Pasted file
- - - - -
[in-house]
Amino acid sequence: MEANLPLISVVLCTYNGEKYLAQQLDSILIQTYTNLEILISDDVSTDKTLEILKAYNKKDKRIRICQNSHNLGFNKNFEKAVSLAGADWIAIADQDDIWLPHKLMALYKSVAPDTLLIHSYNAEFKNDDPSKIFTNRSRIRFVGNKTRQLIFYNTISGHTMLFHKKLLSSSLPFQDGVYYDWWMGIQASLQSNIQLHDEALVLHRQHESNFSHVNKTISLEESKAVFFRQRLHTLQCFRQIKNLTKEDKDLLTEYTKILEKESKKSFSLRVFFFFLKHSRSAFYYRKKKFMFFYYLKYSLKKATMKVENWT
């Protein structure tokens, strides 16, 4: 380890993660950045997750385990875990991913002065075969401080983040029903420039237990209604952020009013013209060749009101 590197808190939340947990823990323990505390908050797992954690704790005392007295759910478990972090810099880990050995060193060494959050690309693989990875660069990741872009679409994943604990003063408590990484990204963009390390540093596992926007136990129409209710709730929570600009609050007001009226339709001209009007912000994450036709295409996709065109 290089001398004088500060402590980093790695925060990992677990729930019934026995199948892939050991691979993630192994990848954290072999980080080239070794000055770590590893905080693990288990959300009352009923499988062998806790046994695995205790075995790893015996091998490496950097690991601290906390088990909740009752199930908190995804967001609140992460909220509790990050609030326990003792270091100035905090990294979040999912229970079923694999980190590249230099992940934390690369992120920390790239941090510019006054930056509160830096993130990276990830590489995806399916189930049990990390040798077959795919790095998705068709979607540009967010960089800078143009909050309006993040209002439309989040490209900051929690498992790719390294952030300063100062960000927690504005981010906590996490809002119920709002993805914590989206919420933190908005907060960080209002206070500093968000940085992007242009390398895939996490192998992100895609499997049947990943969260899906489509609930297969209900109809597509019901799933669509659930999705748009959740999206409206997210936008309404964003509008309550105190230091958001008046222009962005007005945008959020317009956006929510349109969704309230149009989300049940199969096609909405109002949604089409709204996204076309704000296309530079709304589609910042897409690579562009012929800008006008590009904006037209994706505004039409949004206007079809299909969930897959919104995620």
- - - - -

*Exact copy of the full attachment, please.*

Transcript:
[in-house]
Amino acid sequence: MEANLPLISVVLCTYNGEKYLAQQLDSILIQTYTNLEILISDDVSTDKTLEILKAYNKKDKRIRICQNSHNLGFNKNFEKAVSLAGADWIAIADQDDIWLPHKLMALYKSVAPDTLLIHSYNAEFKNDDPSKIFTNRSRIRFVGNKTRQLIFYNTISGHTMLFHKKLLSSSLPFQDGVYYDWWMGIQASLQSNIQLHDEALVLHRQHESNFSHVNKTISLEESKAVFFRQRLHTLQCFRQIKNLTKEDKDLLTEYTKILEKESKKSFSLRVFFFFLKHSRSAFYYRKKKFMFFYYLKYSLKKATMKVENWT
């Protein structure tokens, strides 16, 4: 380890993660950045997750385990875990991913002065075969401080983040029903420039237990209604952020009013013209060749009101 590197808190939340947990823990323990505390908050797992954690704790005392007295759910478990972090810099880990050995060193060494959050690309693989990875660069990741872009679409994943604990003063408590990484990204963009390390540093596992926007136990129409209710709730929570600009609050007001009226339709001209009007912000994450036709295409996709065109 290089001398004088500060402590980093790695925060990992677990729930019934026995199948892939050991691979993630192994990848954290072999980080080239070794000055770590590893905080693990288990959300009352009923499988062998806790046994695995205790075995790893015996091998490496950097690991601290906390088990909740009752199930908190995804967001609140992460909220509790990050609030326990003792270091100035905090990294979040999912229970079923694999980190590249230099992940934390690369992120920390790239941090510019006054930056509160830096993130990276990830590489995806399916189930049990990390040798077959795919790095998705068709979607540009967010960089800078143009909050309006993040209002439309989040490209900051929690498992790719390294952030300063100062960000927690504005981010906590996490809002119920709002993805914590989206919420933190908005907060960080209002206070500093968000940085992007242009390398895939996490192998992100895609499997049947990943969260899906489509609930297969209900109809597509019901799933669509659930999705748009959740999206409206997210936008309404964003509008309550105190230091958001008046222009962005007005945008959020317009956006929510349109969704309230149009989300049940199969096609909405109002949604089409709204996204076309704000296309530079709304589609910042897409690579562009012929800008006008590009904006037209994706505004039409949004206007079809299909969930897959919104995620």